Study of the morphology, function, and development of cities and the urban fringe. An emphasis is place on social and environmental costs of urbanization, as well as urban and rural linkages.
522
Environmental Geography
3 hrs.
Geographical survey of environmental changes caused by human activities. Focus on resource availability and use; pollution of air, water, and biosphere; energy problems, and human interaction with natural environment.
523
Cartography and GIS
3 hrs.
.
525
Climatology.
3 hrs.
A study of elements of weather and climate, methods of climatic classification, and distribution and characteristics of world climate regions.
526
Principles of GIS
4 hrs.
Introduction to Geographic Information Systems (GIS) principles, techniques, and applications for the social and natural sciences with emphasis on foundational geographic principles in a lecture/lab format.
529
Principles of GIS 2 – Vector Analysis
4 hrs.
Continuation of GEO526 Principles of GIS, including additional principles like data management, cartographic design, and geocoding; and vector analyses like spatial patterns analysis, spatial autocorrelation, and network analysis. (PR: GEO526 or GEO530 or permission)
530
GIS Raster Analysis
3 hrs.
GIS raster analysis, including local, neighborhood, and zonal operations, terrain analysis, building raster databases, distance modeling, and surface interpolation. (PR: GEO526 or GEO529 or permission)
531
Principles of Remote Sensing and Photogrammetry
3 hrs.
Scientific study of the earth using images and data captured using satellite- or aircraft-borne sensors, with emphasis on issues of acquisition, photogrammetric interpretation, spatial analysis, and application. (PR: GEO526 or GEO529 or GEO530 or permission)
532
Enterprise GIS.
3 hrs.
Principles and techniques for planning, implementing, and managing Geographic Information Systems technologies in a firm or agency. (PR: GEO526 or GEO529 or GEO530 or GEO531)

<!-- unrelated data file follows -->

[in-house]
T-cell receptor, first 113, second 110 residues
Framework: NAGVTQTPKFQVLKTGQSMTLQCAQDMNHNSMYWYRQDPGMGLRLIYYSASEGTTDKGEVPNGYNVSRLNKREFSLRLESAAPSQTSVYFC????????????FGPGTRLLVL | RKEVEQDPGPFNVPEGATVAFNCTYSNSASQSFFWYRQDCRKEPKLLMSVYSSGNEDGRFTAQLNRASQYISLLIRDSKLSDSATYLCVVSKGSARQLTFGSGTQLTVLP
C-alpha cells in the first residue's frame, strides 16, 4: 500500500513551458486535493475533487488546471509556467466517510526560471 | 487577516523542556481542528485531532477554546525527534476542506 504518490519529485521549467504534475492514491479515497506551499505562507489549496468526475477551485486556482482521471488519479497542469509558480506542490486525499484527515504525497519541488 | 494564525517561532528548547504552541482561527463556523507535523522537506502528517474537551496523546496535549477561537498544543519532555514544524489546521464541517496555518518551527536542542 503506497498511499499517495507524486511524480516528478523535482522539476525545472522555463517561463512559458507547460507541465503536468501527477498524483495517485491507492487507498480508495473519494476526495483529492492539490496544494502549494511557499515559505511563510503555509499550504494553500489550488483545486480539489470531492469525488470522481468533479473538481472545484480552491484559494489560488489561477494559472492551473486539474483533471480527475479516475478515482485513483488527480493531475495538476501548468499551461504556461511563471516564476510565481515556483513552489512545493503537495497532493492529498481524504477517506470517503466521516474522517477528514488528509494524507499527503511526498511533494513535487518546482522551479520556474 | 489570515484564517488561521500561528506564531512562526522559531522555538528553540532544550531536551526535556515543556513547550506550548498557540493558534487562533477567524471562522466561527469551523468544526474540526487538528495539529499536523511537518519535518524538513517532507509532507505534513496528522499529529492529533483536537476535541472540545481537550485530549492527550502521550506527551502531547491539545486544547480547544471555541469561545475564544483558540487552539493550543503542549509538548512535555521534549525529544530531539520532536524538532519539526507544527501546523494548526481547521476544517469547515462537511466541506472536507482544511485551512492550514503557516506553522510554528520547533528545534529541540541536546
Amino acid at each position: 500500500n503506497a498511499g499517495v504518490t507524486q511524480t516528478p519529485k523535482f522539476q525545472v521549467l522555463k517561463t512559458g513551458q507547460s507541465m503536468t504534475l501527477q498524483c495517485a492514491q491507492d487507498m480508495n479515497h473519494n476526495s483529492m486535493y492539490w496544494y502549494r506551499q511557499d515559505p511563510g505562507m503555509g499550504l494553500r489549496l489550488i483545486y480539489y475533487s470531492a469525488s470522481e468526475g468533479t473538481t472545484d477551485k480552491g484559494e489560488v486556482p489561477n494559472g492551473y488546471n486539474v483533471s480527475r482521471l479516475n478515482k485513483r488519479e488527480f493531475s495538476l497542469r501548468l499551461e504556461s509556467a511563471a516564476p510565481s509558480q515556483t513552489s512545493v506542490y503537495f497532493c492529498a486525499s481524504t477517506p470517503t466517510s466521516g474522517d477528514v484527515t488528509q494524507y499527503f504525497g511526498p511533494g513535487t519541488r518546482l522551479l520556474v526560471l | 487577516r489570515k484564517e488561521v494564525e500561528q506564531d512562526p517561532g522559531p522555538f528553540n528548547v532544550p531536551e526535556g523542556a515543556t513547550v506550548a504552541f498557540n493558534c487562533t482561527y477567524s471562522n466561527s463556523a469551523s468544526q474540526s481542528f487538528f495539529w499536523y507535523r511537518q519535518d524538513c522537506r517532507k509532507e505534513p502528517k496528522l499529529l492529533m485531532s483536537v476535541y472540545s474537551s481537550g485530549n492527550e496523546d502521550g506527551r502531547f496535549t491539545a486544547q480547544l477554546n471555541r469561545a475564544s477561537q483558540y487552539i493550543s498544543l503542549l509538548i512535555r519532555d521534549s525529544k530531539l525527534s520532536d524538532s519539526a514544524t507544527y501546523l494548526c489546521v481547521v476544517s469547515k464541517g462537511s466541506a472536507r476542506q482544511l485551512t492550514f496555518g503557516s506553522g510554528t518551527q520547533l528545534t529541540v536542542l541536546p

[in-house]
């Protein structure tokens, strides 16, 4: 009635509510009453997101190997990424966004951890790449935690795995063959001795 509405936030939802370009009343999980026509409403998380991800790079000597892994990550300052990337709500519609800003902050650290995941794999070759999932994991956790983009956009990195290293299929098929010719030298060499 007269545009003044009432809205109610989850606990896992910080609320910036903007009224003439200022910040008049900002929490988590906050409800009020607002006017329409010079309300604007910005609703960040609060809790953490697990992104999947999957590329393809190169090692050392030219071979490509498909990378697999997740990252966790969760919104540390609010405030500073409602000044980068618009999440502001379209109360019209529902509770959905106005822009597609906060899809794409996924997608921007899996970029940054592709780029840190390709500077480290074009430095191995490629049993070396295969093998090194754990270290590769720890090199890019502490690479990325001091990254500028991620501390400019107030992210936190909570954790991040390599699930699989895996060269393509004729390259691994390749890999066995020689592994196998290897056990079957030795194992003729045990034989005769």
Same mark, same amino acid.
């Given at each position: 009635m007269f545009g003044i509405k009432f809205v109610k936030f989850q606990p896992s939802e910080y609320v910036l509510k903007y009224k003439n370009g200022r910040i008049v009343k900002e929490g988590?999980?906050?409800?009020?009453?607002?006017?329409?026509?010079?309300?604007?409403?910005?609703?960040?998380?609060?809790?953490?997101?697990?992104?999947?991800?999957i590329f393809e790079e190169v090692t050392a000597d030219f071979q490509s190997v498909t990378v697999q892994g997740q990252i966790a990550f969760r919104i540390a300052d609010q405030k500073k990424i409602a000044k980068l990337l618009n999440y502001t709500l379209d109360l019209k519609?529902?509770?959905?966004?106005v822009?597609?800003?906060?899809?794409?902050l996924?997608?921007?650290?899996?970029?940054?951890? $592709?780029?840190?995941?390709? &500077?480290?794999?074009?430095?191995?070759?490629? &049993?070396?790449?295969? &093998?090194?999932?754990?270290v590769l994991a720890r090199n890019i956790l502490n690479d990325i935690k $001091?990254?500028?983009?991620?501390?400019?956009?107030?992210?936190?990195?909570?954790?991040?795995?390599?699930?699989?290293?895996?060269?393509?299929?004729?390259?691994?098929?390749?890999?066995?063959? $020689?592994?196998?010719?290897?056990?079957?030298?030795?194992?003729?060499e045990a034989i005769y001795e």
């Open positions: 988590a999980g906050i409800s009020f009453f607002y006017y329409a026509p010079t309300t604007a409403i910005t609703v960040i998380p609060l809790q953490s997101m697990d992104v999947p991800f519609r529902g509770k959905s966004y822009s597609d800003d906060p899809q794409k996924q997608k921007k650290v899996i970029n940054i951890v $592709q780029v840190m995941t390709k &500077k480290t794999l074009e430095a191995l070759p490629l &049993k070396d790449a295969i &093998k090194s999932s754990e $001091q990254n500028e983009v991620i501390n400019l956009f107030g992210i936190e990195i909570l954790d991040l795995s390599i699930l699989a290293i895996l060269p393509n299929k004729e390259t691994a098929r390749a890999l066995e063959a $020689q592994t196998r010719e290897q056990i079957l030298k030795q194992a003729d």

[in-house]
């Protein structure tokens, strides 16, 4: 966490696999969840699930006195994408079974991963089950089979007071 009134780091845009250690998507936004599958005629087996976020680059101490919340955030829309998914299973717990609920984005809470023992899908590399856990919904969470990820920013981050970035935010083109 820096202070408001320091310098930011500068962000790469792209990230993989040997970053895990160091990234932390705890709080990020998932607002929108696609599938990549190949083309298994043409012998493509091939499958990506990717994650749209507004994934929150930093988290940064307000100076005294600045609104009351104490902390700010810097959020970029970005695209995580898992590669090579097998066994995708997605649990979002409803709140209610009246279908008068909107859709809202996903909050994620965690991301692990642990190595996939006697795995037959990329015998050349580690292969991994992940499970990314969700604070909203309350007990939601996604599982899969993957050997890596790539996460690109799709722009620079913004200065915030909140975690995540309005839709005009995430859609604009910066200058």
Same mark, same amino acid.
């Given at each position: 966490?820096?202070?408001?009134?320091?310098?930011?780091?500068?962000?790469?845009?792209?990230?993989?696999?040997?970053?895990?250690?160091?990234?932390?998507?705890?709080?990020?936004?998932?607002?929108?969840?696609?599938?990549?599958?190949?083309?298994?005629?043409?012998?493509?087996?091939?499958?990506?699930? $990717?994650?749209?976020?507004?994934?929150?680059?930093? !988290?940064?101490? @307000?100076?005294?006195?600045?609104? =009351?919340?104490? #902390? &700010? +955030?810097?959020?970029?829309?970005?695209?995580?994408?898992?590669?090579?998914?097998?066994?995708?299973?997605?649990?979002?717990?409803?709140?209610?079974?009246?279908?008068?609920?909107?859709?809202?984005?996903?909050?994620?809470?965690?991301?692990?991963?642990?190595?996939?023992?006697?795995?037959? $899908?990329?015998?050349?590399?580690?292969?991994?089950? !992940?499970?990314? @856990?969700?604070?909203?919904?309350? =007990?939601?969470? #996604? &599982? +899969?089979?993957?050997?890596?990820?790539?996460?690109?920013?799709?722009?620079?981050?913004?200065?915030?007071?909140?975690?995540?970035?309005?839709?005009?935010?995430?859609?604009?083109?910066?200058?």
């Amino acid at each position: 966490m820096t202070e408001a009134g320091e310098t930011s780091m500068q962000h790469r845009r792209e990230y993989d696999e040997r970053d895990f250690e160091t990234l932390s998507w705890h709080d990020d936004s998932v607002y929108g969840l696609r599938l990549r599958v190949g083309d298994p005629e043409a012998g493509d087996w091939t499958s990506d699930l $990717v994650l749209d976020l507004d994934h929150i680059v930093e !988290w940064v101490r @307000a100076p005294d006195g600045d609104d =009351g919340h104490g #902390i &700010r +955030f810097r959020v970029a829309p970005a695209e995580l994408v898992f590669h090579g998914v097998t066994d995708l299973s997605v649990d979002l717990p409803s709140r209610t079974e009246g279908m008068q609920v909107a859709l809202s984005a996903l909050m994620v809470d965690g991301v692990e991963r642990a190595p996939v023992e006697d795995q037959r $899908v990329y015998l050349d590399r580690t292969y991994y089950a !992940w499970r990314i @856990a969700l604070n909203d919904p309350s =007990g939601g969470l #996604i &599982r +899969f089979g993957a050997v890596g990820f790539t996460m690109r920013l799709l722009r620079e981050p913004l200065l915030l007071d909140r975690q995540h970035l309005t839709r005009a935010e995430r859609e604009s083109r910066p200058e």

533
GPS and Mobile Geospatial Technologies.
3 hrs.
An analysis of the design and deployment of Global Navigation Satellite Systems such as GPS (Global Positioning System) and their application to mobile map services. (PR: GEO526 or GEO529 or GEO530 or GEO531 or permission)
540
Spatial Statistics and GIS.
4 hrs.
Statistical methods applied to problem solving in geography and using GIS for display and analysis. Primary focus on descriptive and inferential spatial statistics, mapping, and spatial analysis of data. (PR: GEO526 and College Math or permission)
554
Drones: Remote Sensing and GIS
3 hrs.
Learn FAA rules and safety procedures; prepare for Remote Pilot licensing exam; operate drones to collect remote sensing data; integrate sUAS imagery with existing GIS data.
580-584
Special Topics.
1-4 hrs.
Selected geography subjects to cover unusual geography topics not in the regular course offerings of the department
585-588
Independent Study.
1-4 hrs.
600 Level Courses
601
Colloquium in Geography
3 hrs.
Speaker series introducing and sharing knowledge and experiences with a geographic focus. Students are to learn from the knowledge and experience of faculty members, graduate students, alumni, and scholars.
615 Geographic Thought
3 hrs.
Survey of the history, literature, prominent individuals, major concepts and paradigms in geography. The course emphasizes the integration of methods of geographic inquiry with each student’s research focus and writing.
616
Geographical Research Methods
3 hrs.
Students examine/practice four research methods in Geography–qualitative, quantitative, GIScience, and field/lab methods–and learn to choose among them and use them for their own research and analysis.
617-619
Seminars in Geography
3 hrs.
Selected geography subjects/topics not included in the regular course offerings of the department are considered, using a seminar approach to learning.
620
Topics in Environmental Geography
3 hrs.
Presents elements of conservation education in the specific areas of soil, water, and human conservation.
623
Regions of North America.
3 hrs.
This seminar course examines regional geographies of North America with an emphasis on the research and methods for delineation of regions.
631
Advanced GIS Projects
3 hrs.
Use of advanced GIS techniques to solve community-service research problems. (PR: GEO526 or GEO529 or GEO530 or GEO531)
634
GIS Database and Programming
3 hrs.
Configuration and management of geospatial databases. Python scripting for analysis, geoprocessing, and workflow automation within a GIS environment.
679
Applied Projects 1-3 hrs.
681
Thesis.
1-6 hrs.

690
Internship in Geography. 1-6 hrs.
Professional work experience in applied geography with an approved agency.